A young Russian photographer named Lana Sator (Лана Сатор) and her friend Dmitrii Blinov (Дмитрий Блинов), for five consecutive nights in December 2011, waltzed right into a rocket factory near Moscow –- encountering few locked doors, and absolutely no guards.
That's Lana. And that's a security camera. Useful, isn't it?
Together they took nearly a hundred photographs, which Lana published on her Live Journal. The result? A nasty gram from the Russian government, ordering her to delete them, and televised warnings to state-run facilities from Russia's Deputy Prime Minister Dmitry Rogozin and Roskosmos Chief Vladimir Popovkin.
In case you ever wondered what Russian rocket engine factories look like
Lana responded by giving them a sweet middle cyber-finger, refusing to remove the photos from her blog, whereby she shall henceforth be known as the Sovereign Supreme Goddess of Badassery.
At the end of her picture display, she even THANKED the factory's security service for "their irresponsible approach to protection of the property". Brassy!
Yellow perimeter lights indicate the only working cameras/sensors
In one of her many photo captions, she says that on the first trip through the darkness of the Khimki Forest to enter the factory, she was scared, but enjoyed the thrill of fulfilling her dream by seeing the NPO complex, saying that such an unforgettable experience was one of the sensations that make life exciting.
Energomash (Энергомаш) Test pipes for liquid fueled engines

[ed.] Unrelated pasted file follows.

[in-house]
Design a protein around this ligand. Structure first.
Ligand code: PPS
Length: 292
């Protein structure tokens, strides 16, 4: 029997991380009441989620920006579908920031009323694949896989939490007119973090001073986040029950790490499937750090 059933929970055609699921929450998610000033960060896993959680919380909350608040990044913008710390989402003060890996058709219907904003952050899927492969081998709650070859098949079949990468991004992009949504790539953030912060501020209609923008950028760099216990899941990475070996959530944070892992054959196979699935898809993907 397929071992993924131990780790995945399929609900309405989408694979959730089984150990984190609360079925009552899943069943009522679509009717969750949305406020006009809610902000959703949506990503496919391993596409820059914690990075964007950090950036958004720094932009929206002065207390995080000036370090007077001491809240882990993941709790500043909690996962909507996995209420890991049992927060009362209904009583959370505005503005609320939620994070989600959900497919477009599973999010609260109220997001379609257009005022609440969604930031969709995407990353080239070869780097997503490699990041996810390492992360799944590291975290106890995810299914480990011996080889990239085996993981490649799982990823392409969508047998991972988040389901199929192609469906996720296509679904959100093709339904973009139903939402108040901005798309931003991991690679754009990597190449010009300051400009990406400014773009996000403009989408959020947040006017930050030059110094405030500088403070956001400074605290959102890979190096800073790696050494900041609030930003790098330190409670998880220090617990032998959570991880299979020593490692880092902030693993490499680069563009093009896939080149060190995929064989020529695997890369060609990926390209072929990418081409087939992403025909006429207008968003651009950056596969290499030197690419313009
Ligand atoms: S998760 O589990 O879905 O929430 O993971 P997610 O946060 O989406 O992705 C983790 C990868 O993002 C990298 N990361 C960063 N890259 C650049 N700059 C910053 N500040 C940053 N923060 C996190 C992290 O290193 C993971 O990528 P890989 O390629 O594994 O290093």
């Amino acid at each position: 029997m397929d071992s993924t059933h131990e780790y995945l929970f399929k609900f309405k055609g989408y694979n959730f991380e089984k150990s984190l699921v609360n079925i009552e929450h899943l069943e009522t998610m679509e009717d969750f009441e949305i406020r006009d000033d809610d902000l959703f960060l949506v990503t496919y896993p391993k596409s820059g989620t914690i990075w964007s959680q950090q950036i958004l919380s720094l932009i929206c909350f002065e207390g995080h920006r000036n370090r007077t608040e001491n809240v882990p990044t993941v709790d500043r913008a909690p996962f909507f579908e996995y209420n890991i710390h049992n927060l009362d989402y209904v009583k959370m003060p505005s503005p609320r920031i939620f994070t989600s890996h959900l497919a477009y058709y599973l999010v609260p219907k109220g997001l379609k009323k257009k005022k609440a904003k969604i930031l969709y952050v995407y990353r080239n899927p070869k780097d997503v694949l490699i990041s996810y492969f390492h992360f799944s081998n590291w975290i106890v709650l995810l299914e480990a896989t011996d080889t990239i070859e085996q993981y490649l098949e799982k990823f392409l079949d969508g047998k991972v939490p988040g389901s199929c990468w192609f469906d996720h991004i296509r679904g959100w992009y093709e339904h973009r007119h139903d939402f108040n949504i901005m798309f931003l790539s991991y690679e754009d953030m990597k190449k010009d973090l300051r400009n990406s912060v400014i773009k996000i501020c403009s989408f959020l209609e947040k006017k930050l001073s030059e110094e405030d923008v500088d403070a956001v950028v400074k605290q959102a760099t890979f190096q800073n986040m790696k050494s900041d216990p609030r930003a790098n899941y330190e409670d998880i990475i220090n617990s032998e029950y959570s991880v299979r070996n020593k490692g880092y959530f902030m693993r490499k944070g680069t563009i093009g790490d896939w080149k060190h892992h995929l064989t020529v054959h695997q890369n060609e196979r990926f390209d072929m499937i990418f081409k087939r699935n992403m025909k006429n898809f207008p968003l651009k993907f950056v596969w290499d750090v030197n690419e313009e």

Test stands consists of a static drum (fuel is supplied to where the engine is fastened), moving parts (the tube on wheels, which merges with the rim of the static part) and pipe exhaust (the closed red lid).
Exhaust Nozzle Chorus
Since 1929, ENERGOMASH © Group Enterprises have created 60 different types of liquid rocket engines for space launch vehicles and military hardware, including the parts and stages for the Zenit, Angara, Proton and Soyuz.
Ground Control to Major Absence of Guards
As the two intrepid photographers wove their way through many tunnels, floor levels, pipes for directing engine exhaust, and even a control room, they were able to freely navigate stairwells and elevators, none of which even required keys.
(Mind-blowing! Even the low-level software companies I've worked for in the past required magnetic badge access to every floor, and special card keys for elevators… heck, even for photocopy machines! Nevermind that this is a government installation… I've worked at private corporations that have better security for their supply closets!)
So... I wonder if I'm in line for a letter from the Russian government now? Good luck trying to find me. My own family can't manage that half the time...